(Posted Mon. May 5th, 2014)
U.S. corn farmers have planted 29 percent of the 2014 crop as of Sunday, the U.S. Department of Agriculture reported this afternoon. While that is 18 percentage points higher than the same time last year, it is 13 points behind the five-year average of42 percent.
“We’re still feeling the effects of the cold and wet beginning to the spring planting season,” said National Corn Growers Association President Martin Barbre, a grower in southern Illinois who kicked off corn planting on his farm today. “We realize, however, that there is still plenty of time to plant, just as last year’s delayed planting eventually led to a record-breaking harvest come fall.”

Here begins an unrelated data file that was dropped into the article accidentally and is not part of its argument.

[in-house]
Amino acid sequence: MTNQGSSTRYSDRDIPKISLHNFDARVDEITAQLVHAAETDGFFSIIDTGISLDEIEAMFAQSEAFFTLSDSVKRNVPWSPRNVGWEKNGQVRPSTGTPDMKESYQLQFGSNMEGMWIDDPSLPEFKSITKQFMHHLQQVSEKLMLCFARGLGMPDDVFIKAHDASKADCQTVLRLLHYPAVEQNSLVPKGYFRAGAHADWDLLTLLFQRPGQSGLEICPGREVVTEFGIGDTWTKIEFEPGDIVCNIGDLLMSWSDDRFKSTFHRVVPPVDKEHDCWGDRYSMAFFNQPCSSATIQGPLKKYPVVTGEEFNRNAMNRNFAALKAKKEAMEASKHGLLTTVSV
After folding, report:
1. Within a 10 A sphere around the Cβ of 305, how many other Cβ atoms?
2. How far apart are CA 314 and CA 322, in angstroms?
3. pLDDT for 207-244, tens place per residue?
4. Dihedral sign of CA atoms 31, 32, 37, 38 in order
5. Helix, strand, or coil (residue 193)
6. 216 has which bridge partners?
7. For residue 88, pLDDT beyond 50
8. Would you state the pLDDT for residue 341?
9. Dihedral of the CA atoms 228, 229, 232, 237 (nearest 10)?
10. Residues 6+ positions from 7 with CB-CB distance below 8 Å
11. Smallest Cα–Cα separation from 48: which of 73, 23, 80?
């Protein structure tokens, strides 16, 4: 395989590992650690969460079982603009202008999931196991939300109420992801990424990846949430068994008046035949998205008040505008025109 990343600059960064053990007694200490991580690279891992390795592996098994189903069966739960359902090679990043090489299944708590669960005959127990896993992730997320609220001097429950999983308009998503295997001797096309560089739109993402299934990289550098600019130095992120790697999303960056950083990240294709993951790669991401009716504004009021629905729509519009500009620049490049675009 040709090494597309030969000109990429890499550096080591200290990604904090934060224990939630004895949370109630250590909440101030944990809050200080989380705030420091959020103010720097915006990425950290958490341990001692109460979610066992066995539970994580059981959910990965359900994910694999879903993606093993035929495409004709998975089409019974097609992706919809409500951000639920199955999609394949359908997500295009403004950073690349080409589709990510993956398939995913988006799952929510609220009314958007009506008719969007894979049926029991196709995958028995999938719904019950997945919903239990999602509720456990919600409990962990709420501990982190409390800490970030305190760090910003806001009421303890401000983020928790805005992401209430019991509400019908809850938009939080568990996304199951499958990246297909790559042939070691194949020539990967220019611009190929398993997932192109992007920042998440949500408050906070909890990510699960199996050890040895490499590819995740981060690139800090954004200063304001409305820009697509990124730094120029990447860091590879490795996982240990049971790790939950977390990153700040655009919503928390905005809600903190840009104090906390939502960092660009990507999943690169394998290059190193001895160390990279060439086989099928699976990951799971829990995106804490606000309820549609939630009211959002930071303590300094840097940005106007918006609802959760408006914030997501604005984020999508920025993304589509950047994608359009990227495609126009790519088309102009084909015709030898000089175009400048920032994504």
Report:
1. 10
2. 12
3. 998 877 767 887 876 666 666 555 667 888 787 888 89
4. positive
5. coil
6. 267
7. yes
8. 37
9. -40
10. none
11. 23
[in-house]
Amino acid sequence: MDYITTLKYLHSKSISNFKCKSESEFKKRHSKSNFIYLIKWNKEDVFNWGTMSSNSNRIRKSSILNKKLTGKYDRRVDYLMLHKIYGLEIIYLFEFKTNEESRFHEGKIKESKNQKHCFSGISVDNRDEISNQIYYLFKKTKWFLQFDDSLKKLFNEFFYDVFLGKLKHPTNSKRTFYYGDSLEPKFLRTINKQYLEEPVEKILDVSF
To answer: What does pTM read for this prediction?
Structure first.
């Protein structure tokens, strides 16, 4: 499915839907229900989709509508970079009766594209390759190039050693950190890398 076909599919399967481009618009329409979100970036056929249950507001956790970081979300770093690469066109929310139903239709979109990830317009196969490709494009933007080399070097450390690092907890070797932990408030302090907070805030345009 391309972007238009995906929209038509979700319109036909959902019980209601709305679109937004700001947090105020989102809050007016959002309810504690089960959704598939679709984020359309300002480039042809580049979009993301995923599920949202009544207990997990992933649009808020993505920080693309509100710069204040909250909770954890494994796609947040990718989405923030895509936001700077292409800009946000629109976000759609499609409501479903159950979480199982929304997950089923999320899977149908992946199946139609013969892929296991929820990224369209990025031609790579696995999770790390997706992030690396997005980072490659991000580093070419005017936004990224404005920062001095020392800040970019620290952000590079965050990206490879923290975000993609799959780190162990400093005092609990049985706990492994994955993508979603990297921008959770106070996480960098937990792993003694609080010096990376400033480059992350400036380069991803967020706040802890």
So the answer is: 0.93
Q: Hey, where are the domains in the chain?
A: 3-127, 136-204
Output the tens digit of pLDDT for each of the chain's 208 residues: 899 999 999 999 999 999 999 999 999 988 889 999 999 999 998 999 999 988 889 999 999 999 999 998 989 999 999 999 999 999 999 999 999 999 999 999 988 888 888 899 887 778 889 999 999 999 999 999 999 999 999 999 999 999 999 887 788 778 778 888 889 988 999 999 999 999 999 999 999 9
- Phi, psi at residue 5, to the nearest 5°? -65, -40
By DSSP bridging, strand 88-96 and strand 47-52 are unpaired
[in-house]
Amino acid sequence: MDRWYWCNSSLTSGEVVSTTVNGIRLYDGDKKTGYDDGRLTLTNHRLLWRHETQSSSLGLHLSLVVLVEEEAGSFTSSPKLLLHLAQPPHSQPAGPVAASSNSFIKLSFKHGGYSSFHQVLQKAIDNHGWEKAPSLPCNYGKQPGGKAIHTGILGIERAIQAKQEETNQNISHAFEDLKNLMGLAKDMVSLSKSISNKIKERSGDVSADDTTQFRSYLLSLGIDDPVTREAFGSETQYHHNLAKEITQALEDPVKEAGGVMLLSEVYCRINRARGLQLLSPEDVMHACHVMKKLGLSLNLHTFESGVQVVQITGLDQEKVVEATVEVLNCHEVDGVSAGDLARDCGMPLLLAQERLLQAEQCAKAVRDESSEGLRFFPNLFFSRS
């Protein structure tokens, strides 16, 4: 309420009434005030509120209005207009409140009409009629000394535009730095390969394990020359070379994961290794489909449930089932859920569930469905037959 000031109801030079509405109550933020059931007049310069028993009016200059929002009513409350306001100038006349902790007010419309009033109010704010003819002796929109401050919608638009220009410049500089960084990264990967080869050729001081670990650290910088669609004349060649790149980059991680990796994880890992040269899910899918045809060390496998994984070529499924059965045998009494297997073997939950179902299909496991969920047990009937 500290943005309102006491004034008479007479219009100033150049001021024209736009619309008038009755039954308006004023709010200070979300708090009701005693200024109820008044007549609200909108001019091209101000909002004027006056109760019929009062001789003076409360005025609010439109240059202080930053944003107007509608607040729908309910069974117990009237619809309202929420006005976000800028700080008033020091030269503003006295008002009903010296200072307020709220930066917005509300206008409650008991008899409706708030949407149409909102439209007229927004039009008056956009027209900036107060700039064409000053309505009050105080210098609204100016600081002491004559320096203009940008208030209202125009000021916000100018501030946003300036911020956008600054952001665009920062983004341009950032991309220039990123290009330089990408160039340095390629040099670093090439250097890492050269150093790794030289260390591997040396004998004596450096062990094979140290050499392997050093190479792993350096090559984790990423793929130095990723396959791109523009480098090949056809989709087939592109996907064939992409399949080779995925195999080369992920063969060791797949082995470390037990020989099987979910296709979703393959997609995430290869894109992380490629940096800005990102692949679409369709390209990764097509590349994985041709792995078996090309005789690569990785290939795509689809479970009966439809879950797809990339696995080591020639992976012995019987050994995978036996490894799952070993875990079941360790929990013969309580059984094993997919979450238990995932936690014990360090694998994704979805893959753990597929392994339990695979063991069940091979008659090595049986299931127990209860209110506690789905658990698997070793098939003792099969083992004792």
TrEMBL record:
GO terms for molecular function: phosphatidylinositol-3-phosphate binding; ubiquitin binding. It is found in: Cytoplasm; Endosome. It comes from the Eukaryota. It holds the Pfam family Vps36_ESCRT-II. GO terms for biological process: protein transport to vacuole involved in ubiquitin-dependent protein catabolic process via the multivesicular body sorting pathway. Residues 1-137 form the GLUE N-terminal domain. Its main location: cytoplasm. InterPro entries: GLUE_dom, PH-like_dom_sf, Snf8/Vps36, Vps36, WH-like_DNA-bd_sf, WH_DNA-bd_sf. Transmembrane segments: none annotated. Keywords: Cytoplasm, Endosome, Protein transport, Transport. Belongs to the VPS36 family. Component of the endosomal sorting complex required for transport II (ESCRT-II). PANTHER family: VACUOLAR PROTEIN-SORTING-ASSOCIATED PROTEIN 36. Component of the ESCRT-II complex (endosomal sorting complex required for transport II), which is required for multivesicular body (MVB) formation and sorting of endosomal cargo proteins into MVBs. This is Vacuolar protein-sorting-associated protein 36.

Southern and central states continued to see success in planting, while those in the northern Corn Belt were most significantly delayed. North Dakota is the only state of the 18 tracked by USDA where measurable planting has not gotten underway; its average planting completion at this time of year is 19 percent.
USDA also reported that 7 percent of the crop has emerged, compared to 3 percent last year and an average to-date emergence of 13 percent.
Click here for today’s full weekly crop progress report. On Friday, USDA will release its first look at supply-and-demand projections for the crop now being planted.